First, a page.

Customer Satisfaction and Stock Prices: High Returns, Low Risk
Stephen M. Ross School of Business at the University of Michigan
University of Maryland - Robert H. Smith School of Business
Forrest V. Morgeson III
American Customer Satisfaction Index
Mayuram S. Krishnan
University of Michigan, Stephen M. Ross School of Business
Journal of Marketing, Vol. 70, No. 1, pp. 3-14, 2006
Do investments in customer satisfaction lead to excess returns? If so, are these returns associated with higher stock market risk? The empirical evidence presented in this article suggests that the answer to the first question is yes, but equally remarkable, the answer to the second question is no, suggesting that satisfied customers are economic assets with high returns/low risk. Although these results demonstrate stock market imperfections with respect to the time it takes for share prices to adjust, they are consistent with previous studies in marketing in that a firm's satisfied customers are likely to improve both the level and the stability of net cash flows. The implication, implausible as it may seem in other contexts, is high return/low risk. Specifically, the authors find that customer satisfaction, as measured by the American Customer Satisfaction Index (ACSI), is significantly related to market value of equity. Yet news about ACSI results does not move share prices. This apparent inconsistency is the catalyst for examining whether excess stock returns might be generated as a result. The authors present two stock portfolios: The first is a paper portfolio that is back-tested, and the second is an actual case. At low systematic risk, both outperform the market by considerable margins. In other words, it is possible to beat the market consistently by investing in firms that do well on the ACSI.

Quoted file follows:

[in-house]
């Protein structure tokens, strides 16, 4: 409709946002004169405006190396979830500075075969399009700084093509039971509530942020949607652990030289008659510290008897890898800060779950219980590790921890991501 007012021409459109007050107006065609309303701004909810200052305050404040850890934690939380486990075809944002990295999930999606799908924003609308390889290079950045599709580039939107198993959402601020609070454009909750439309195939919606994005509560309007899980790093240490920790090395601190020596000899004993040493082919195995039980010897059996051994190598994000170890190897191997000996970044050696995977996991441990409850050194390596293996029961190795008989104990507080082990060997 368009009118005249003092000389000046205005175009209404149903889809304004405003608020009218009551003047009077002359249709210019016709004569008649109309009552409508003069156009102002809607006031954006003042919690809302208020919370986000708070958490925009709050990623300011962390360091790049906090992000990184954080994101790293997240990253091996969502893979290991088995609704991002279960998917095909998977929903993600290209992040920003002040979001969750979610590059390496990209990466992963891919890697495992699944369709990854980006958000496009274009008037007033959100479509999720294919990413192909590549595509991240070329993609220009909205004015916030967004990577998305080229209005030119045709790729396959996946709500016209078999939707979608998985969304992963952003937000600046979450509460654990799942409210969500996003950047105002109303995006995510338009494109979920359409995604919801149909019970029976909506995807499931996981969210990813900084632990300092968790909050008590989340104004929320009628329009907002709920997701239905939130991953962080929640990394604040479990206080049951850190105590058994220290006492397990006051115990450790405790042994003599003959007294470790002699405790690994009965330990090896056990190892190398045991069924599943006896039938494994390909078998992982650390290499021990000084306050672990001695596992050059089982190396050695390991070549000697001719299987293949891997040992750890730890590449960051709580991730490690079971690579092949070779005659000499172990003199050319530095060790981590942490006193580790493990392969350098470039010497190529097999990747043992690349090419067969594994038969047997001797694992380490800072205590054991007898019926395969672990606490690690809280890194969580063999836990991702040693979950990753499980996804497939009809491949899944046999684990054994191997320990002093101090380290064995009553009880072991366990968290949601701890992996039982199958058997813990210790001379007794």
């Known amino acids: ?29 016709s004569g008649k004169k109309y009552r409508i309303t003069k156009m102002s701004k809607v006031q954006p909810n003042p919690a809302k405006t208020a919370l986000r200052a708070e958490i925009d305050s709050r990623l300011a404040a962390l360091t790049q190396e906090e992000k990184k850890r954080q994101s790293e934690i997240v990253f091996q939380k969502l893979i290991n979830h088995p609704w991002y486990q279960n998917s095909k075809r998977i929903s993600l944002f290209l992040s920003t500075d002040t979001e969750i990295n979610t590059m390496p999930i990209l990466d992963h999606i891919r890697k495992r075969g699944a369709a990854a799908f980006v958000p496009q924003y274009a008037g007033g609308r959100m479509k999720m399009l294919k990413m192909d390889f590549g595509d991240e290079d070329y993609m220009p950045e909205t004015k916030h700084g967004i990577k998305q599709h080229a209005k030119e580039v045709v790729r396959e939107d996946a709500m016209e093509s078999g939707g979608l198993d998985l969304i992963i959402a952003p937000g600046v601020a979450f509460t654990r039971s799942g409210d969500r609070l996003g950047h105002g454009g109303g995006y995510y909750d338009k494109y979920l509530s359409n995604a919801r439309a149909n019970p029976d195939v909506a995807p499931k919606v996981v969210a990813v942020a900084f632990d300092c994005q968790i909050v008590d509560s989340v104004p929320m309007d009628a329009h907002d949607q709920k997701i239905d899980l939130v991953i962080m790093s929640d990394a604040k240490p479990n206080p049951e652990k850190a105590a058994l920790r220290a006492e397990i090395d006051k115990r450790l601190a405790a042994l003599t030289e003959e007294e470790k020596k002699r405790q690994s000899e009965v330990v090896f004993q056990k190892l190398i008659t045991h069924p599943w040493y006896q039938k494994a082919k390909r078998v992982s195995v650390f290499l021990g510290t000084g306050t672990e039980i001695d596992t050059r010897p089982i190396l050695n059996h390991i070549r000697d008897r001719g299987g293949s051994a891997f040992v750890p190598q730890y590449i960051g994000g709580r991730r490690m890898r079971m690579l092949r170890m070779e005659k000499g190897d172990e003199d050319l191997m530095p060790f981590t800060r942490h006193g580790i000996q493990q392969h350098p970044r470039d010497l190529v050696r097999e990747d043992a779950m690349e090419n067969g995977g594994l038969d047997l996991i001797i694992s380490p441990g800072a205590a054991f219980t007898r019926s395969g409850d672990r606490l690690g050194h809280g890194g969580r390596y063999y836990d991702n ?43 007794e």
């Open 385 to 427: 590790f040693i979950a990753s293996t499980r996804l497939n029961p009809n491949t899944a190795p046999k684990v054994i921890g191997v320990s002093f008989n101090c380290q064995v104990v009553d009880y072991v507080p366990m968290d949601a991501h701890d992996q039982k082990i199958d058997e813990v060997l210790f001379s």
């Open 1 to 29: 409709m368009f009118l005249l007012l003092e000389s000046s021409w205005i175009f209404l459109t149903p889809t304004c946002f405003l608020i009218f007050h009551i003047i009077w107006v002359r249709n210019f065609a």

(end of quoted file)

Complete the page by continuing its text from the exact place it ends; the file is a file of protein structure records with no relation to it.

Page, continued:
Keywords: Customer Satisfaction, Stock Prices, Stock Returns, Risk, Market Value, Stock portfolios
JEL Classification: M31, P10
Date posted: March 30, 2006
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